Where Is Law Enforcement Leadership?

Calibre Press

Sometimes I think I’m living in an alternate universe, one totally askew from reality.

Or maybe I’m just in the Twilight Zone. I don’t know.

What I do know is that a preponderance of prejudiced pundits and predisposed politicians, as well as the many biased media and countless narrow-minded activists, have clear agendas—agendas that find them ignoring reality and inconvenient truths. Truths such as: who the real victims of crimes are and who are the true victimizers.

I expect them to ignore reality. I don’t condone it, but unfortunately as we find out every single day, way too many politicians will say whatever it takes to get elected. Damn ethics. Damn the truth. Damn the consequences.

But when it comes to top police administrators—that’s another story. I don’t have the patience or understanding for some of the things that are coming out of those ranks.

Police Admins

They should—and I’m sure do—know better.

For example.

  • They must know why there is suddenly a rise in violent crime in many urban areas.
  • They have to logically understand why crime really dropped so drastically after 1991.
  • They must recognize that the howling about prison overcrowding being a result of “nonviolent drug offenders” being incarcerated in record numbers is absolute, complete and utter nonsense.
  • If they have a modicum of common sense they surely realize that demonizing, restricting and over-regulating their officers will result in less proactivity and therefore a precipitous drop in arrests, leading to more emboldened criminals and more innocent victims.
  • And they certainly have to be aware that if they don’t back up their officers and the profession they supposedly serve when those ranks deserve to be backed up, bowing instead to political pressure, they will lose the ability to lead their personnel.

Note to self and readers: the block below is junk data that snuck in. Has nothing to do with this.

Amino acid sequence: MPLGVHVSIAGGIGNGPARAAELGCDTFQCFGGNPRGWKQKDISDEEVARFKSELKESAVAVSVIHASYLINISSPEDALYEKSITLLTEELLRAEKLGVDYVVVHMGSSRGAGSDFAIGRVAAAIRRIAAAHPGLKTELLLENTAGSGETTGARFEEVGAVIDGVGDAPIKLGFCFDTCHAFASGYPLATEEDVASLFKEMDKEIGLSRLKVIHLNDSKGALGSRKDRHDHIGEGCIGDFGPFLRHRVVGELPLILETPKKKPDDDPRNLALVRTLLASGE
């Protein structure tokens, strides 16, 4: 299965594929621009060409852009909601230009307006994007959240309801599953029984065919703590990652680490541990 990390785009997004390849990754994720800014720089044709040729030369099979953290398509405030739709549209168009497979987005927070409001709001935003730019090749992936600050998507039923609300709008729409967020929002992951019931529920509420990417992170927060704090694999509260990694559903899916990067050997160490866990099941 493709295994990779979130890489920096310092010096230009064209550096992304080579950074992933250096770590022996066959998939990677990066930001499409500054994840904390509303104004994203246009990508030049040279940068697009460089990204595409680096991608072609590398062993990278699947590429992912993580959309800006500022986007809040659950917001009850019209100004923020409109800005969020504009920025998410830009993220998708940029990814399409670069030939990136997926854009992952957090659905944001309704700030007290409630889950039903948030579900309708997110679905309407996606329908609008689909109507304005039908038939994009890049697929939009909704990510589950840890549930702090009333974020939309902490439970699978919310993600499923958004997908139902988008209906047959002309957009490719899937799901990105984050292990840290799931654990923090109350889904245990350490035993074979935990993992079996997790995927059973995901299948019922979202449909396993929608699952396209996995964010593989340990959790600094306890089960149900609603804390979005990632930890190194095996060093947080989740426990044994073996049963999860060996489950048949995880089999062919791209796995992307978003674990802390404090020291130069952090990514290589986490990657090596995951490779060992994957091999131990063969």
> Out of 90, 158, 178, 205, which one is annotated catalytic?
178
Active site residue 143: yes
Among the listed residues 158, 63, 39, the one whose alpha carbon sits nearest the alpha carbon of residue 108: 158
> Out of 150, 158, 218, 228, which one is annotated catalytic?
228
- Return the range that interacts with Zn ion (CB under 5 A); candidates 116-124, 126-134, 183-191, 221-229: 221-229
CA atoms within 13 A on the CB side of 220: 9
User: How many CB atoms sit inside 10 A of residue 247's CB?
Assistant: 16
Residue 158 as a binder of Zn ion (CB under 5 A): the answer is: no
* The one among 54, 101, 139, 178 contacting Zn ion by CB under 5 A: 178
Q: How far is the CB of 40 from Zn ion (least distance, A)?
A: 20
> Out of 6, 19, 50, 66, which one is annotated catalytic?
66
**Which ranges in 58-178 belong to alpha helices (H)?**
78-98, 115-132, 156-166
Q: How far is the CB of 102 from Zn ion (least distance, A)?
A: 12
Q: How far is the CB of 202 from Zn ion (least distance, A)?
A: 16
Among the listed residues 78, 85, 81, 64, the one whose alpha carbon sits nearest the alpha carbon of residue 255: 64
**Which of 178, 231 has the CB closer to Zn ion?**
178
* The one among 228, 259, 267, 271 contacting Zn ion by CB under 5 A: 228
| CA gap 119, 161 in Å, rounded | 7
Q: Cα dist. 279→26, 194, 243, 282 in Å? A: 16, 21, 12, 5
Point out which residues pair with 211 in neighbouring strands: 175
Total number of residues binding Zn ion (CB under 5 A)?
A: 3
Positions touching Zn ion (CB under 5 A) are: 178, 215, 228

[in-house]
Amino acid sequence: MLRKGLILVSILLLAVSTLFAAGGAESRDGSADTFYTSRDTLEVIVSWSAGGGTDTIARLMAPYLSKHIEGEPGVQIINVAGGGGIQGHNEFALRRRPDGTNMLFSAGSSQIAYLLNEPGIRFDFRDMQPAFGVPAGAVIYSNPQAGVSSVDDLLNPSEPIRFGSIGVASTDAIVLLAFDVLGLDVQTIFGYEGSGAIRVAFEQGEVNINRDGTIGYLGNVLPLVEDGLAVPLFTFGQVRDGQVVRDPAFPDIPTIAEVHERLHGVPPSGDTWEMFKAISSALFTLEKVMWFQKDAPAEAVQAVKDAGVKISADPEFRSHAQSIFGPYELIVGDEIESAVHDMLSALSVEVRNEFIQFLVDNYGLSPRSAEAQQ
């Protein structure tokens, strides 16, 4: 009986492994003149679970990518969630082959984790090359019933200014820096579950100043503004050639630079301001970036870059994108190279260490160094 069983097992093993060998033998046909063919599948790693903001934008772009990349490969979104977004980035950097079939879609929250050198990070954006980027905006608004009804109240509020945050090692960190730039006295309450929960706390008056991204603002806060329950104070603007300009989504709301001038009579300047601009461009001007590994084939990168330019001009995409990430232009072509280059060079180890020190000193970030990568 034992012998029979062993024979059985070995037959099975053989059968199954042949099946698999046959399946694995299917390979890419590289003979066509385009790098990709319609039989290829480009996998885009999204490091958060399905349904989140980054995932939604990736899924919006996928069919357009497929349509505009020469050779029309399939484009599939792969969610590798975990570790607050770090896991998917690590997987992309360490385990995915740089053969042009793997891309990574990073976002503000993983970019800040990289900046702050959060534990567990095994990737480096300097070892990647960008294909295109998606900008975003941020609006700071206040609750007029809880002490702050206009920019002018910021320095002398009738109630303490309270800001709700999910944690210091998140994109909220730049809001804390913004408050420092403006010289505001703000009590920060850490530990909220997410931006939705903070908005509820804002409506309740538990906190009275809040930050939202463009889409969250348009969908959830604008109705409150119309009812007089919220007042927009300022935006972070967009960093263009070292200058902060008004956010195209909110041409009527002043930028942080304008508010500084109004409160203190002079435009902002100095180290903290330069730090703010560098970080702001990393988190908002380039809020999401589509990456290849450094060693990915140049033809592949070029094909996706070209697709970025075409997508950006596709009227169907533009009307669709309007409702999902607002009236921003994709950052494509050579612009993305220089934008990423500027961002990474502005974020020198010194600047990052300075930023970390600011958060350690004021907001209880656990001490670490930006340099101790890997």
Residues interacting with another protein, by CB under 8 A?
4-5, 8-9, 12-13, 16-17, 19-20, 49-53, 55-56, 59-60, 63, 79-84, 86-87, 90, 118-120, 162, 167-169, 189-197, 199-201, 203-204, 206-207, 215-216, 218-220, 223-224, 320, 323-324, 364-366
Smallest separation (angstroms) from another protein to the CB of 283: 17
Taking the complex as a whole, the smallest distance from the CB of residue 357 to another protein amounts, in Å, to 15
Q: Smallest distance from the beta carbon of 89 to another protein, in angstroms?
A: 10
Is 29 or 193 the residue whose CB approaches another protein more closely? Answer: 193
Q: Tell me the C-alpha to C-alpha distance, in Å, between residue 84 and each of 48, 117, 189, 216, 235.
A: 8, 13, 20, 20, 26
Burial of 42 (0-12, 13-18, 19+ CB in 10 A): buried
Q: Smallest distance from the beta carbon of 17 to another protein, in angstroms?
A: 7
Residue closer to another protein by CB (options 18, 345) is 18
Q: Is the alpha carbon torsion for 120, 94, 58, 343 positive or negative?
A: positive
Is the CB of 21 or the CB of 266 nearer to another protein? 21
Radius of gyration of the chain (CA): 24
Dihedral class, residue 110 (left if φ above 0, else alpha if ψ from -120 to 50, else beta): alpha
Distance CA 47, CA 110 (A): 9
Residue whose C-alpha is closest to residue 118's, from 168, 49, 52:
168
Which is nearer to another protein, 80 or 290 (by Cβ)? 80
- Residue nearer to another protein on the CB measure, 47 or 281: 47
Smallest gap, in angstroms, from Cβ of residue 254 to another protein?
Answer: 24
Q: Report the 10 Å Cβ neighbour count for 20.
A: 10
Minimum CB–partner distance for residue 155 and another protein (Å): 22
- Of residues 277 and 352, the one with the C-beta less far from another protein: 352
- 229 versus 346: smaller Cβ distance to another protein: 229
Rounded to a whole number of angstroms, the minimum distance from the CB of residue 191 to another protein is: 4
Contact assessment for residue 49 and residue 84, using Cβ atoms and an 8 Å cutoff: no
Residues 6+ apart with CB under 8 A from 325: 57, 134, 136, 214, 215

I speak to thousands of police officers a year. I have hundreds of conversations: in class, during breaks, and sometimes over beers. And the cops are out of their minds about the state of law enforcement right now.

The vast majority come into the profession with the desire and intent to help others. They are willing to deal with the degenerates. The perverts. The maniacal and the supremely confused. These cops run into burning buildings, jump into raging rivers and daily and routinely put themselves between victims and predators.

And what are they hearing from way too many of their leaders?

We don’t trust you. So we’re going to appease the loudest screamers (despite their patent ignorance) and we will regulate your actions and create a bureaucracy like you’ve never seen.

Example: Illinois passed a law that came into effect on January 1 of this year.  Basically it says this: If a police officer stops a person because they have reasonable suspicion that the person is committing, has committed or is about to commit a crime (Terry v. Ohio) and that leads to a pat-down, then they have to fill out a report, give a copy to the person stopped, describe the person by race, immediately explain and articulate their reasons for the stop and provide a phone number so they can complain about the officer doing the stop.

Chicago has taken this even further because of an agreement with the ACLU.